MA: What is the future of the oil industry in Africa?MLG: When you take a look at the world’s oil geography, one realises that certain regions (North America, Near and Middle East, North Sea) once pioneers of oil production are today either in the depletion phase, or in that of the exploitation of unconventional hydrocarbons (gas shale and shale oil). In Africa, however, only four countries began a modest exploitation in the 1960s. Today, about 20 countries are identified as oil producers (that is the 18 APPO Member Countries, South Sudan and Tunisia) and about 30 others are conducting prospecting and research operations. Offshore and onshore basins, both off East Africa, the African part of Indian Ocean, West Africa, and the hinterland countries are underexplored but have very good prospects (they are mainly located in Tunisia, Morocco, Mozambique, Kenya, Uganda, Tanzania, Senegal, Sao Tome and Principe, Niger, Mali, Madagascar, Comoros). Africa has proven global oil and gas reserves, although variously estimated, they are surely very abundant. Certainly, the continent has more than 13 percent of the world’s hydrocarbon reserves (even if Western statistics tend to underestimate and devalue the potential of the black continent), and better – in the last 15 years, one third of the world’s oil discoveries have been in Africa. The underestimation by certain institutions and multinational oil companies of the reserves and the hydrocarbon potential of Africa shows a deliberate neo-colonial joke! There is no doubt that Africa’s oil and gas potential can compete today with that of any other region in the world. This leads me to believe that if Africa were to be considered as a single producer, it is certain the continent will challenge Saudi Arabia, Russia and the United States. But to do this, we must put an end to the disunity, hyper-balkanisation that characterise today’s Africa and deeply promote its integration. Anyway, the potential is there and, in the years to come, believe me, Africa will spring very big surprises in the oil and gas sector.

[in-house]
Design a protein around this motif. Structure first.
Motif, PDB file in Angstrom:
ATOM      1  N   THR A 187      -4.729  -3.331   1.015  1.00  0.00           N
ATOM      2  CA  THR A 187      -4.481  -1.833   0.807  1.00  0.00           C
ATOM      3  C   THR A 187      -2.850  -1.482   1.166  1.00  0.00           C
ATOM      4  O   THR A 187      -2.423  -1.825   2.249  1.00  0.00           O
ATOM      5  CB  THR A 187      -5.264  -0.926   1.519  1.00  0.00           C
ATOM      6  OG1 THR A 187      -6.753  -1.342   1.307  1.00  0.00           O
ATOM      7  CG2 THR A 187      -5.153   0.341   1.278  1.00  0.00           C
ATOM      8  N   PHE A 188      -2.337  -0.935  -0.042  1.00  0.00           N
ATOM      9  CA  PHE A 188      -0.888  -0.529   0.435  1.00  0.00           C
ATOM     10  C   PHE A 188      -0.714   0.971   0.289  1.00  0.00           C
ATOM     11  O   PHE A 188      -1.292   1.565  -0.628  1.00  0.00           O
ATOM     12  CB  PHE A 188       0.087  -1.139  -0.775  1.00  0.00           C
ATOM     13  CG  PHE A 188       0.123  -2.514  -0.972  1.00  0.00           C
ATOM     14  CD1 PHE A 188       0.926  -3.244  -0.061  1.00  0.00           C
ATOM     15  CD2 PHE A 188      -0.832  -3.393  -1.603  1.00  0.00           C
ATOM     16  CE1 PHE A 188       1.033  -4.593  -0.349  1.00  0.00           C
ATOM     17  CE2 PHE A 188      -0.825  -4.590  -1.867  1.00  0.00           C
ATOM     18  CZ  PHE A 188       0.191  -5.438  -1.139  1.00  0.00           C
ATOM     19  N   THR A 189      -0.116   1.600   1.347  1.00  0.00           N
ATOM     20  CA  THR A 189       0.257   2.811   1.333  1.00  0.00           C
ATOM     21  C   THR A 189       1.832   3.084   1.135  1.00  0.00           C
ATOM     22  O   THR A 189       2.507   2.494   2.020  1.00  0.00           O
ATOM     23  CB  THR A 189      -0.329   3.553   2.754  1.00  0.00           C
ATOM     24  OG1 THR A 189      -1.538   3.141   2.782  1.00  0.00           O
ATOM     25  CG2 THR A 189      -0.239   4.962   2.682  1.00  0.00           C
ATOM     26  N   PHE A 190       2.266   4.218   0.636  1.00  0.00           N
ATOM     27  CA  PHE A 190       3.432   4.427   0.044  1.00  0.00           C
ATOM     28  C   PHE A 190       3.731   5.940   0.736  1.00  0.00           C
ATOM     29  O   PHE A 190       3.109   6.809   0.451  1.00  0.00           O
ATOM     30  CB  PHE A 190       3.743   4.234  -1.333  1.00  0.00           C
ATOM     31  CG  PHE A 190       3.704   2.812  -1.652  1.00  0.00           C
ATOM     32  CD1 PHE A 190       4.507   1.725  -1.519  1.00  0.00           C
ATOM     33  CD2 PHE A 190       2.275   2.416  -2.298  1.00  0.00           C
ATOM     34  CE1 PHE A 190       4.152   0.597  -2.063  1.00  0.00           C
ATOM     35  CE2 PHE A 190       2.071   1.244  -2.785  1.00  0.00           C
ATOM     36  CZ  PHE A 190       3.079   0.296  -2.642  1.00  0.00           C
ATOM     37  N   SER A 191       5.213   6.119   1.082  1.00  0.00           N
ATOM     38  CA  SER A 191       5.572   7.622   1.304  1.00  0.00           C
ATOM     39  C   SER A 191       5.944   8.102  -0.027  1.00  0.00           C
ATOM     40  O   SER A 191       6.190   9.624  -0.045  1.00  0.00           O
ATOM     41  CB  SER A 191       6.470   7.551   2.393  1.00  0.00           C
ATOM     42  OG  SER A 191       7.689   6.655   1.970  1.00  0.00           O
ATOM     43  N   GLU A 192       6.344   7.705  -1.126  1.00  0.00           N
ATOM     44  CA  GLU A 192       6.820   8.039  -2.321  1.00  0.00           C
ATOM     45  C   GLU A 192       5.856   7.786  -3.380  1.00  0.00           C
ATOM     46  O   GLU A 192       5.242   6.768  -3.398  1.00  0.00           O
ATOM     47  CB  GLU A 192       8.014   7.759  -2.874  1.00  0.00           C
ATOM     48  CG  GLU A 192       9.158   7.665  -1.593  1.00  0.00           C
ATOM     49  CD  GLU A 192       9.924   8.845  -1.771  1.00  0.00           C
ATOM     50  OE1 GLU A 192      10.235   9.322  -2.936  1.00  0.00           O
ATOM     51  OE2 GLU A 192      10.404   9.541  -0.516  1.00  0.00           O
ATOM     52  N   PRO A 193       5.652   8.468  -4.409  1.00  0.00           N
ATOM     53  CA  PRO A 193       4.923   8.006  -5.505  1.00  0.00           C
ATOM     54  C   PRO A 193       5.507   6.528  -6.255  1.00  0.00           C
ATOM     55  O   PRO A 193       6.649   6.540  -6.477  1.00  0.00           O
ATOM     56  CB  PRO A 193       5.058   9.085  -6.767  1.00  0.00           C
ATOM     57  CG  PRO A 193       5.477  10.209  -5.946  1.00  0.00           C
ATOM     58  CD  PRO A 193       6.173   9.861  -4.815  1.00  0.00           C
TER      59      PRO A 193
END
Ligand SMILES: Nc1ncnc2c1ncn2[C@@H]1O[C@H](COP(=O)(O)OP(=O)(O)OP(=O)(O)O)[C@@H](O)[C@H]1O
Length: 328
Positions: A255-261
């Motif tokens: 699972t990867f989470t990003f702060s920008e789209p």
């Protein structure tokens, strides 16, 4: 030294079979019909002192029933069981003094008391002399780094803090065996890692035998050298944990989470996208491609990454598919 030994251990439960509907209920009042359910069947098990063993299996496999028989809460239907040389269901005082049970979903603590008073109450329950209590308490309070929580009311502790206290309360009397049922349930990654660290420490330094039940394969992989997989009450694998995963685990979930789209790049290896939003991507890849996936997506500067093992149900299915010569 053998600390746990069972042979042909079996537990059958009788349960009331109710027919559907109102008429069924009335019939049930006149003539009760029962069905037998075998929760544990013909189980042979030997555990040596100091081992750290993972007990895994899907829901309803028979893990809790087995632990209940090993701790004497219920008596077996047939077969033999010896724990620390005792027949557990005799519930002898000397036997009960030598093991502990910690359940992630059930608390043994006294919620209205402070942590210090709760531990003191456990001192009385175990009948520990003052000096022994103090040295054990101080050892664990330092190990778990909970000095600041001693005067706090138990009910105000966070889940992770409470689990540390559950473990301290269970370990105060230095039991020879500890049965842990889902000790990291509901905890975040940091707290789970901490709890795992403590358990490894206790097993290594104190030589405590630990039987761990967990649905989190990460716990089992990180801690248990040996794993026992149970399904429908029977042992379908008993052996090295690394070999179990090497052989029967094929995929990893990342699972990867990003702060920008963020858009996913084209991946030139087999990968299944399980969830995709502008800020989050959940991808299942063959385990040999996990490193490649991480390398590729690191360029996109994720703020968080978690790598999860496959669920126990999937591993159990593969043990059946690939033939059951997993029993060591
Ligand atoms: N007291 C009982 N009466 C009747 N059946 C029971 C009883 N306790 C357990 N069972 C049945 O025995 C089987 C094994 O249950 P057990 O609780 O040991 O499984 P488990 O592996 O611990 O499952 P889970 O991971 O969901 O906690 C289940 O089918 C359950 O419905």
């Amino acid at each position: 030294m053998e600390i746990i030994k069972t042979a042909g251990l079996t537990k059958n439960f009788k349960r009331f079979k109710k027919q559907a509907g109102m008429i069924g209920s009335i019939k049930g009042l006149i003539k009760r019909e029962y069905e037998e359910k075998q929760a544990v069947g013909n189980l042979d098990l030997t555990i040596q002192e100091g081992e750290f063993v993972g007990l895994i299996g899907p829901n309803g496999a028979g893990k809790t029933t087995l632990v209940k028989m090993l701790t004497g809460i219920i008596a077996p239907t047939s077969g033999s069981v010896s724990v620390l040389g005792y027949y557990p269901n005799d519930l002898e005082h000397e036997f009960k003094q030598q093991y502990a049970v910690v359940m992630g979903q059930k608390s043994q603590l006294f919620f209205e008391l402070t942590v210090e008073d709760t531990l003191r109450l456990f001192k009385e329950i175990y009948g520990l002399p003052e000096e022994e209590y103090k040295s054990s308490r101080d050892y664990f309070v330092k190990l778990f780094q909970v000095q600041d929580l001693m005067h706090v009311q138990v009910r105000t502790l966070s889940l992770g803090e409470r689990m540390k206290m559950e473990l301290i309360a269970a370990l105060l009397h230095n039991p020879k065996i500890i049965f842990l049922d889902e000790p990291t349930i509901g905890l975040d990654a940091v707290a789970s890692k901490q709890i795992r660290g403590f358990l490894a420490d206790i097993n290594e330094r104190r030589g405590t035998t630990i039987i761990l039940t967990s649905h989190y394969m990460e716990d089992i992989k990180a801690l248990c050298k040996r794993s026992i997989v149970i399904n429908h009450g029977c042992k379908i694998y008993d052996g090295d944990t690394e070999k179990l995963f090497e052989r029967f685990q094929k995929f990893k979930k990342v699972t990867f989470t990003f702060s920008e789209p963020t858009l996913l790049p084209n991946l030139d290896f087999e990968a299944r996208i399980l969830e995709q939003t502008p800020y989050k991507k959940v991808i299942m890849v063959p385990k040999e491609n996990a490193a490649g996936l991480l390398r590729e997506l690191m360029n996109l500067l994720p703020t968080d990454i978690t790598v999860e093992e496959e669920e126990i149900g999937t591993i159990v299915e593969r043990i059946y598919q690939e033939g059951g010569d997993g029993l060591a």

MA: How can Africa develop through its oil resources?MLG: In recent decades, Africa has been at the heart of all kinds of debates, both misery in which its populations are vegetated and on its immense potential plus incomparable natural wealth that could bring in more than US$ 30 billion in revenue per year over the next two decades. Looking only at the oil reserves of African countries, some statistics estimate these to amount to a hundred billion barrels, as much as Saudi Arabia. In general, it is recognized by all that the African subsoil is full of abundant fossil energy resources (oil, gas, coal, uranium) and those of renewable origins (hydraulic, solar, wind, biomass, geothermal). In addition, Africa is inhabited today by nearly one billion inhabitants, 60 percent of whom are young, while Europe, America and Asia are increasingly populated by those who are ‘aging.’ So, if with all this richness, Africa cannot kick off the ground, I am not sure that the oil resources can be the only resource responsible in the current socio-economic situation to meet the challenges of underdevelopment. The causes of Africa’s regression are more elsewhere than in oil. While the existence of extractive resources never fails to raise controversy and invite the use of negative clichés for Africa, you hear, here and there (and maybe for good reason), superlative terms such as “paradox of abundance”, “curse of natural resources”, “geological scandal” and so on. Let’s acknowledge that we have somewhere failed to be treated in this way! While the prospect of huge revenues from our natural resources may seem intoxicating, it also raises the issue of governance in this sector. Governance is a crucial element because almost all our countries, even endowed with abundant extractive and energy resources, have not yet applied this effectively in the road of development. Never before, have the primary sector and human resources been considered in Africa as the fundamental levers for true sustainable development. It is precisely in this respect that those who describe our situation as the “paradox of abundance” are not entirely wrong. However, a macroeconomic approach has shown that the recent decline in oil prices has resulted in recessive effects (falling currencies, sharp drop in tax revenues, slowing investments and projects diversification, re-debt, adjustment of the budget to a price twice as high) in almost all African net hydrocarbon exporting countries and more modest expansionary effects in other net importing countries. Only a few countries have seized the opportunity to support their growth in a slightly more diversified economy. Otherwise, they have not been able to stand out from the over-dependence of the oil rent; which made them suffer the sad fate of “Dutch Disease”. Added to all this, lack of basic infrastructure, shortage of skilled labour, poor governance, chronic and endemic corruption, we face the greatest danger; that of non-development, not to say “refusal of development.” If the African producing countries have suffered and are still suffering from the recent fall in oil prices (the threat of a relapse is not definitively ruled out), it is because they have always lived an unhealthy dependence on oil production and their savings are still too little or undiversified. Often mentioned as a solution to increase their resilience, the diversification of the economy and sources of budget revenue struggle to be implemented. Since the beginning of oil marketing in the 19th century, oil prices have always fluctuated…it’s almost natural. Unfortunately, very few oil producing countries in the world make structural arrangements to avoid fluctuations in the price of oil, as that could affect their economies. History repeats itself and will continue to be repeated; but the human being never learns from difficult moments. The instability of commodity prices in general and oil in particular again reveals the “short-term” nature of our developmental policies and weakness of stabilisation strategies and diversification of economies, which alone can lead to sustainable development. The strategy is to learn to play with the quirks of the oil market through a vision, have good economic governance in general and that of petroleum resources in particular. However, all the political speeches of recent years revolve around the diversification of economies. With the gradual rise in oil prices, we are very likely to witness yet another postponement of the economic diversification policy so much advocated for (until the next crisis certainly) or remember it only during an opportunity of the next election campaigns.MA: Can we say the rise of Africa depends on the continent solving its energy problems?